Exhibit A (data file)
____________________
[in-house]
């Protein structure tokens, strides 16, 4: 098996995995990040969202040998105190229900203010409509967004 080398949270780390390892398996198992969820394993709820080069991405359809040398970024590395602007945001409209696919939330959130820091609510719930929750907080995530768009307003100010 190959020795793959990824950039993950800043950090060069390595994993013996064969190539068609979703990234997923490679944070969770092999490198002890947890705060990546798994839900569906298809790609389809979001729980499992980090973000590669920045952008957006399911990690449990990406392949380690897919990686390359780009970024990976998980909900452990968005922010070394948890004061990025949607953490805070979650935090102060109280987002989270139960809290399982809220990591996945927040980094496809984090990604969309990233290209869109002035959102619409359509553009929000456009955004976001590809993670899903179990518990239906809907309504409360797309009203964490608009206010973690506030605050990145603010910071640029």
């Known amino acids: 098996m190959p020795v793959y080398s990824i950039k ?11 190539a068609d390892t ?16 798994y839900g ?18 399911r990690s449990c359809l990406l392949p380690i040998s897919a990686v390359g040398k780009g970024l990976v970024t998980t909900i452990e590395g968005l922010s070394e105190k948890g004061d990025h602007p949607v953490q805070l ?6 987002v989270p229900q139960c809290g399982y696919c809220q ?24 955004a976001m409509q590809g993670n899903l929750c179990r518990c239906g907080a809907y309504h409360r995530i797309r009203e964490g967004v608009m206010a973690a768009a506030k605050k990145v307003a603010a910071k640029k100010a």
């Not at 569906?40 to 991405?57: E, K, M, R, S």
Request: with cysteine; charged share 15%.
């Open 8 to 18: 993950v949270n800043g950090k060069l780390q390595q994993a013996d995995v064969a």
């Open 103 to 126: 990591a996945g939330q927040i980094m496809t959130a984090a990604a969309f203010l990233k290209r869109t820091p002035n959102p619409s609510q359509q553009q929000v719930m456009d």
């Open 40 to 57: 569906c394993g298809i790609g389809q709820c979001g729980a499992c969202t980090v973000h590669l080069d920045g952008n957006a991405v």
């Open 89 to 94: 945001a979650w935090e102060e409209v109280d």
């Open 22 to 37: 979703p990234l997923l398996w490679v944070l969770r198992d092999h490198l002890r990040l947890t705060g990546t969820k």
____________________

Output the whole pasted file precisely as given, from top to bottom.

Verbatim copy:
[in-house]
């Protein structure tokens, strides 16, 4: 098996995995990040969202040998105190229900203010409509967004 080398949270780390390892398996198992969820394993709820080069991405359809040398970024590395602007945001409209696919939330959130820091609510719930929750907080995530768009307003100010 190959020795793959990824950039993950800043950090060069390595994993013996064969190539068609979703990234997923490679944070969770092999490198002890947890705060990546798994839900569906298809790609389809979001729980499992980090973000590669920045952008957006399911990690449990990406392949380690897919990686390359780009970024990976998980909900452990968005922010070394948890004061990025949607953490805070979650935090102060109280987002989270139960809290399982809220990591996945927040980094496809984090990604969309990233290209869109002035959102619409359509553009929000456009955004976001590809993670899903179990518990239906809907309504409360797309009203964490608009206010973690506030605050990145603010910071640029």
């Known amino acids: 098996m190959p020795v793959y080398s990824i950039k ?11 190539a068609d390892t ?16 798994y839900g ?18 399911r990690s449990c359809l990406l392949p380690i040998s897919a990686v390359g040398k780009g970024l990976v970024t998980t909900i452990e590395g968005l922010s070394e105190k948890g004061d990025h602007p949607v953490q805070l ?6 987002v989270p229900q139960c809290g399982y696919c809220q ?24 955004a976001m409509q590809g993670n899903l929750c179990r518990c239906g907080a809907y309504h409360r995530i797309r009203e964490g967004v608009m206010a973690a768009a506030k605050k990145v307003a603010a910071k640029k100010a």
């Not at 569906?40 to 991405?57: E, K, M, R, S």
Request: with cysteine; charged share 15%.
């Open 8 to 18: 993950v949270n800043g950090k060069l780390q390595q994993a013996d995995v064969a």
């Open 103 to 126: 990591a996945g939330q927040i980094m496809t959130a984090a990604a969309f203010l990233k290209r869109t820091p002035n959102p619409s609510q359509q553009q929000v719930m456009d």
């Open 40 to 57: 569906c394993g298809i790609g389809q709820c979001g729980a499992c969202t980090v973000h590669l080069d920045g952008n957006a991405v």
């Open 89 to 94: 945001a979650w935090e102060e409209v109280d």
């Open 22 to 37: 979703p990234l997923l398996w490679v944070l969770r198992d092999h490198l002890r990040l947890t705060g990546t969820k």